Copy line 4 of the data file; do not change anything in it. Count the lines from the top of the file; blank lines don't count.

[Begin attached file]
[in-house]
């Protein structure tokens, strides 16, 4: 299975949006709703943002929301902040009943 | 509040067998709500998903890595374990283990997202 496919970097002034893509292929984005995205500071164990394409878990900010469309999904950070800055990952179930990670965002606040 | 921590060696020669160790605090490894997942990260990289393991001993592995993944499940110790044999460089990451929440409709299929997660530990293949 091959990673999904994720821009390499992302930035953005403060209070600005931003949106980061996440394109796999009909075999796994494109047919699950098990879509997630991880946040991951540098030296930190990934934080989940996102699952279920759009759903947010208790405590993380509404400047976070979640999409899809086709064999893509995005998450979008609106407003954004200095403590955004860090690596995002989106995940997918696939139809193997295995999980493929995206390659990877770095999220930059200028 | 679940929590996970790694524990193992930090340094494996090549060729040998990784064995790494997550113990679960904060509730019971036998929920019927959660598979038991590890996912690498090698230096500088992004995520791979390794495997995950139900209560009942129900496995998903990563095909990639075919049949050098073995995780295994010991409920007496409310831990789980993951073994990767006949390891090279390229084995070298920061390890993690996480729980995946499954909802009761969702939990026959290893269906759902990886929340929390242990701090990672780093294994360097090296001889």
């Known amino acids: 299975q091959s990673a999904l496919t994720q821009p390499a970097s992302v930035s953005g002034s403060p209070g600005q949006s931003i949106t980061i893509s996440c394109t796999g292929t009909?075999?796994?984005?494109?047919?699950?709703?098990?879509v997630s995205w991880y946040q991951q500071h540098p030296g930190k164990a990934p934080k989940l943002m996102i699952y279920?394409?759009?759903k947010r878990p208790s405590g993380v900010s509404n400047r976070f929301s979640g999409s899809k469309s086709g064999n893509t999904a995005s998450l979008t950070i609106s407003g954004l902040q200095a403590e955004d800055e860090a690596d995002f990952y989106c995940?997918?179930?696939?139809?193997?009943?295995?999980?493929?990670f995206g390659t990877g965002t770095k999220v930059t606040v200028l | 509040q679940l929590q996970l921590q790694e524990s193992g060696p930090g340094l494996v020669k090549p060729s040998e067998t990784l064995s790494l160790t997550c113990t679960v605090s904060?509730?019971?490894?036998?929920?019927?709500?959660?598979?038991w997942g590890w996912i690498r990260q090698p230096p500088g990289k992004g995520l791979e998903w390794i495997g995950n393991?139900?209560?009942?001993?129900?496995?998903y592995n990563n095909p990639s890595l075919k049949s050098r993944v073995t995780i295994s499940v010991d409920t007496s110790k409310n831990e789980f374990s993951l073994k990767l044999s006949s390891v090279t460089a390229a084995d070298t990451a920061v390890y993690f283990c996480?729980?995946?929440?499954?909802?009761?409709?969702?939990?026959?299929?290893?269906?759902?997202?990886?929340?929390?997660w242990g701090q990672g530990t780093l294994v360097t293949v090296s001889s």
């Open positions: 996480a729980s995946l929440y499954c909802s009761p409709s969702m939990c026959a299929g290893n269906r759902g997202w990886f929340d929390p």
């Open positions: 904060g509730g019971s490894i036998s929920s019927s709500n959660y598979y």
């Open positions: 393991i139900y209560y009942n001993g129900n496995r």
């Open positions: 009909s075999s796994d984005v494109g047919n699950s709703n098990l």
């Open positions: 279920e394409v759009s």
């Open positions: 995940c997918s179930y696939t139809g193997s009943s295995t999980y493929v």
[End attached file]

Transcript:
């Open positions: 996480a729980s995946l929440y499954c909802s009761p409709s969702m939990c026959a299929g290893n269906r759902g997202w990886f929340d929390p």